by Trent Rentsch
Everyone seems to take time during the holidays to reflect… about the past year, the people we care about, our accomplishments, our failures. This year, the process started early for me. It’s been a year of incredible highs and painful lows, of wonderful gains and numbing losses. Somewhere in the midst of it all, I began to try to pull some meaning out of the roller coaster that has been my life in 2015, but mostly all I could come up with was, “What the hell?”
So, that opening just screams “Happy Holidays,” doesn’t it? It’s okay… I promise we’ll get to our happy place by the end of this column. Who knows, there might even be a present or two…
Now, where was I? Oh yeah, 2015 has sucked for me, with some moments of great joy. Honest. Check with the guys at the office. Even they have been coming at me with, “Hang in there… 2016 is coming!” (Lord, what a JOY I must be to work with…)
Here’s the thing. Even in those, “what the hell” reflective moments, I’ve been reminded how good things are for me. Loving family, great job with a growing company, clients who are more like Friends, and a life that has taken me far beyond that little college town in South Dakota I grew up in. I mean, come on, my Stepson and his fiancé asked me to get ordained so I could perform their wedding this fall… how much more can I ask for?
Funny thing, reflection. It doesn’t allow you to dwell on the recent past. You get the whole shebang, years of where you’ve been, what you’ve done (or didn’t do), people you’ve known… one big jigsaw puzzle, that’ll keep you awake, night after night, staring at the ceiling and wondering if there’s any meaning at all. Luckily, after about the 37th night, I began to make some sense of it all. Yes, it’s possible it was only sleep deprivation, but still…
I kept going back to one puzzle piece. It was the late ‘80s, I believe -- not that it matters. What did matter was a kindness and the lessons I took away from it.
J.R. Nelson was “The Man” in the production room at Z100 in New York in their early days. As a young DJ/producer, I was nuts for his work, buying up cassettes of air checks of the station to catch bits and pieces of his genius (yes kids, that was once a thing). At some point after he left the station, he ended up at KDWB in Minneapolis, not long before the company I worked for bought them. For me at the time, it was a perfect storm, with potential for me to meet my idol, if I played my cards right. I’d like to believe that it was the one time in my life when it seemed that I was cut out for politics: I played every contact in the company I knew to figure out a way that I might get to Minneapolis and meet the Big Guy. In the end, our General Manager at KELO said, “Just call him.” Right. Surely it couldn’t be that easy! However…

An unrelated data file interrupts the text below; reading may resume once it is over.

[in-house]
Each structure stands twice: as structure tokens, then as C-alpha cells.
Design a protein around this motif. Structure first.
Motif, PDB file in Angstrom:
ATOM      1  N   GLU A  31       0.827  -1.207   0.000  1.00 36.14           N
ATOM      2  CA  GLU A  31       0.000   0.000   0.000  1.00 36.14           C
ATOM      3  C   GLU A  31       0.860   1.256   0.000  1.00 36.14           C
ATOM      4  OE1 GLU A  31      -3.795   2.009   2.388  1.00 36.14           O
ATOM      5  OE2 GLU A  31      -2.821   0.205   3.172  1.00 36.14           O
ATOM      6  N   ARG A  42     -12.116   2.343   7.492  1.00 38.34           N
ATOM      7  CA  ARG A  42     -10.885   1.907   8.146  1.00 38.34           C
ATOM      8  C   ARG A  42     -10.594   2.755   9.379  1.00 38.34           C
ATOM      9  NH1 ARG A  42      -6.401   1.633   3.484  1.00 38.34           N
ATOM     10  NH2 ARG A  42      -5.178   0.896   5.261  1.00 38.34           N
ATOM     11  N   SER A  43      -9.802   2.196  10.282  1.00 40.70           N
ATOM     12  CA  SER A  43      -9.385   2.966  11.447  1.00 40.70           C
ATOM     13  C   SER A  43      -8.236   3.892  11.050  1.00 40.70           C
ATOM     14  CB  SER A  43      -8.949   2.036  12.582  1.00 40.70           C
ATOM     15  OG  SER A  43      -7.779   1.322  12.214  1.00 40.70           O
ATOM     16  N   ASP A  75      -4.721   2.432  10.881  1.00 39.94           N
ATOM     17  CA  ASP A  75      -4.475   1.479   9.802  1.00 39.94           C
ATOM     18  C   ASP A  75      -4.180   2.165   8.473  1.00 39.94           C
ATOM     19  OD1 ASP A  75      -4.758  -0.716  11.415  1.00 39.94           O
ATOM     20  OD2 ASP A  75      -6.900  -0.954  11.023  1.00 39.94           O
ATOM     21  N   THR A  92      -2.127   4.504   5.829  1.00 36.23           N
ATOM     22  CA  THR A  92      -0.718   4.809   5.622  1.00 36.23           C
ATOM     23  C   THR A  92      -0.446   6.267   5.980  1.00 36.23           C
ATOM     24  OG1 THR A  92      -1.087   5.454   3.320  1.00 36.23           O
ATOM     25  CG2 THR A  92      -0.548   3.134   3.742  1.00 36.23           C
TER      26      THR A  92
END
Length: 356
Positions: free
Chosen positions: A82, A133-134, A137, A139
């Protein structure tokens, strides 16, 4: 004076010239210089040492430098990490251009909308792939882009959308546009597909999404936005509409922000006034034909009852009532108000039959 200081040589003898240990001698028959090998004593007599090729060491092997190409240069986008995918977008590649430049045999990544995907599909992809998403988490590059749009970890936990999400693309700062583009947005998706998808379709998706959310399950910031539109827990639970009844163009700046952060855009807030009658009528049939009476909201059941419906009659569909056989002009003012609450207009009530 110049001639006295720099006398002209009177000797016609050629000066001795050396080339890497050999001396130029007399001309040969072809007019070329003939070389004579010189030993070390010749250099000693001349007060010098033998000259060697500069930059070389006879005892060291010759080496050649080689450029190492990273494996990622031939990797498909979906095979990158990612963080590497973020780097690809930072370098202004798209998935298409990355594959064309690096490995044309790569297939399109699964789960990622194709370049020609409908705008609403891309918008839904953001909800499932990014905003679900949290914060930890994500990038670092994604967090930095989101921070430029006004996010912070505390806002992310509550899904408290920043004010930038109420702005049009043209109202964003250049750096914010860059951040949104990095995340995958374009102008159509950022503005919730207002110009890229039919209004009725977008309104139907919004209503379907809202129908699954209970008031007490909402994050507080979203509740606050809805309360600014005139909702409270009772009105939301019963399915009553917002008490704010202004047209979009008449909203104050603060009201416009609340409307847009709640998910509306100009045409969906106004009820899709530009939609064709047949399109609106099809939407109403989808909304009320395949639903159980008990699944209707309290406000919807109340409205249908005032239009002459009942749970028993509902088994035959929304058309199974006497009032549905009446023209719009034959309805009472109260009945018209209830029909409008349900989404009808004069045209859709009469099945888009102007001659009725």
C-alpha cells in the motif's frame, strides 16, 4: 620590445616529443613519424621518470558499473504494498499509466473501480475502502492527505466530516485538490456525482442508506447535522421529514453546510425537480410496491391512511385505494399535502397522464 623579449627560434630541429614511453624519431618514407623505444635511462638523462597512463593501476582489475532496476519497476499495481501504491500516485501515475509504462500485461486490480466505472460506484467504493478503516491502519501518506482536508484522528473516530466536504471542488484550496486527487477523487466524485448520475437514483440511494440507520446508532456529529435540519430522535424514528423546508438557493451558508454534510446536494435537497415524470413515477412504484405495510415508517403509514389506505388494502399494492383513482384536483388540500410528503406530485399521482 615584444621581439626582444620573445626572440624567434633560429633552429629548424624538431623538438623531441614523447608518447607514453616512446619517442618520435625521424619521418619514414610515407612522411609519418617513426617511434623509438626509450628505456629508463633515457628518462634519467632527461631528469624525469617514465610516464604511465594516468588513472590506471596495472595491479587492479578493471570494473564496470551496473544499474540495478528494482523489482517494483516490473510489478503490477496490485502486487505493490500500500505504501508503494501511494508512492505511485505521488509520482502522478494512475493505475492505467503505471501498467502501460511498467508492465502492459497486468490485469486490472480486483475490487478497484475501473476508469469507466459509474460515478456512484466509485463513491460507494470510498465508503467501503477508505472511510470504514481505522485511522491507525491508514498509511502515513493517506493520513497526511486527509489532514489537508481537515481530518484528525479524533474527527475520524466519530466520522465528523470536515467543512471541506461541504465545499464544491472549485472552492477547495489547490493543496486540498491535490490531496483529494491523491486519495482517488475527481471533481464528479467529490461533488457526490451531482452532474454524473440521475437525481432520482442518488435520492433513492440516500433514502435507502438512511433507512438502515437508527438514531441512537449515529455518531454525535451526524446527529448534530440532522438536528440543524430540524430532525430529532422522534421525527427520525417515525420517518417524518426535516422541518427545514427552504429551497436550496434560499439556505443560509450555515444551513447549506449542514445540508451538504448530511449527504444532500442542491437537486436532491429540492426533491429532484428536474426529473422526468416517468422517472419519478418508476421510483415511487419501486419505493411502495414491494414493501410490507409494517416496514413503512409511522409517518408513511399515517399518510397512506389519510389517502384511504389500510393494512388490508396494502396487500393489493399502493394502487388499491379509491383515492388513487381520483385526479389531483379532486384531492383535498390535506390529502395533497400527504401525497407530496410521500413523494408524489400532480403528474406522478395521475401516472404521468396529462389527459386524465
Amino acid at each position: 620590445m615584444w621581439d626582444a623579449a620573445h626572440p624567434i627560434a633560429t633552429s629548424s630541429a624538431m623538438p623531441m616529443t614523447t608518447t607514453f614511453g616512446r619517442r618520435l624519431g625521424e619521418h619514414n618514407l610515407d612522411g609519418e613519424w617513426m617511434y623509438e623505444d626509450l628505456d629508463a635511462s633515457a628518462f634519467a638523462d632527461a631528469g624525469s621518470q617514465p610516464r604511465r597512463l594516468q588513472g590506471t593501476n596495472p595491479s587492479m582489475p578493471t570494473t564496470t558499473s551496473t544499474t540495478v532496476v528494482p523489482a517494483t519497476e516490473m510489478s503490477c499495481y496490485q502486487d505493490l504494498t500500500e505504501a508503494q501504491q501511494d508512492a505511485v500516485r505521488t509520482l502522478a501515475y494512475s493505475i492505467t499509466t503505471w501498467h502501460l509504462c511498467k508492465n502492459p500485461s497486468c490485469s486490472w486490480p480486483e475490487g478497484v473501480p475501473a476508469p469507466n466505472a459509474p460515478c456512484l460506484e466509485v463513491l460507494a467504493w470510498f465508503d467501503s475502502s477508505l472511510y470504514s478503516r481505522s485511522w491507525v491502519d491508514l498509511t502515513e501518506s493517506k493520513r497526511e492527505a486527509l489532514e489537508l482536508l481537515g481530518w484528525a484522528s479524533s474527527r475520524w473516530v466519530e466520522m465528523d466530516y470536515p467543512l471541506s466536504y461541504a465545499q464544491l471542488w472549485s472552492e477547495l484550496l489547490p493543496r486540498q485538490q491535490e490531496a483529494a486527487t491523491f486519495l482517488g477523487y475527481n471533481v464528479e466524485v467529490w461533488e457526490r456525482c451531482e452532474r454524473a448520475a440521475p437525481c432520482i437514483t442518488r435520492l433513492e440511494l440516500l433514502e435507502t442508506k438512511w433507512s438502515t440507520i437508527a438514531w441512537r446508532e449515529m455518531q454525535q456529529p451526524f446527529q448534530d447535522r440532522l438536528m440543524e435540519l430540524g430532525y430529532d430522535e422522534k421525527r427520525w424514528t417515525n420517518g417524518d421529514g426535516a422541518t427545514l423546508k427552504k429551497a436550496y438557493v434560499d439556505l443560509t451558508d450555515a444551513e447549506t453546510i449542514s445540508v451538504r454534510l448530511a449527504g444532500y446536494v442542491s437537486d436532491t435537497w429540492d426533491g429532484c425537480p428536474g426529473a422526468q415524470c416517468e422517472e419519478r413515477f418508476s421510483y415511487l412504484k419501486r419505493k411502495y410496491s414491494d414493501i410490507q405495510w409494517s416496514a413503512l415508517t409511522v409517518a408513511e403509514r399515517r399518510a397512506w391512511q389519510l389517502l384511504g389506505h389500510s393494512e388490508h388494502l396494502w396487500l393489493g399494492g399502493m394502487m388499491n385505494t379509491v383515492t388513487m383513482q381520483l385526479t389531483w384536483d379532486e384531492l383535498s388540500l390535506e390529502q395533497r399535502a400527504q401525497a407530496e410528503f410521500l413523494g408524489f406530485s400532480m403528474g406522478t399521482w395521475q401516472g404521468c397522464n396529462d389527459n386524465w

“This is J.R.” Good God. I’m on the phone, with a legend. I’ve always been easily star struck, but I was honestly a babbling fool during that conversation. Yet, somehow, by the end of it, I had an invitation to drive up and spend a Saturday afternoon in the studio. Stupid, baby producer, me, in the hall of the Prod God!
I could write several 1000 words about how our meeting went, but here’s the nutshell: J.R. was a kind, gentle man with a hell of a lot of talent, wit, and skill, and he spent several hours that day sharing some of it with this nobody from South Dakota. I learned more about gear and audio production and the business of radio production that day than I imagined even existed. What’s more, his mentorship didn’t end that day… he called to “check up on me” now and again, and I know he was instrumental in a couple of PDs asking for my tape and resume over the years. I’d often try to thank him for, well, all of it, but he’d shrug it off and tell me that I “had the stuff” and “didn’t need him” to make it in the business.
He didn’t have to do any of it. He chose to. As I got to know him, I discovered that he had the same highs and lows as everybody else. Did he really need to take on some squeaky-voiced kid from the Dakota’s, with more dreams than talent? Nope, he did not. But, he did. God rest his big-hearted soul, he did.
So there’s the puzzle piece that brings it all together. Highs, lows, that’s life. How you choose to deal with it, and more importantly, what you give back, that’s what matters. Whether it’s taking that call from some kid who wants to be in the radio business and encouraging their efforts, or giving a colleague advice about their signal chain, or simply saying “thank you” to those who give you the chance to live your dreams, it’s those positive gifts, giving of yourself and what you know, that make life worth living. That’s my present to you… a reminder to be present. It truly is the greatest gift you can give to others… and yourself.
Trent Creates words, voices, audio & music. His current professional home is Krash Creative. Reach out at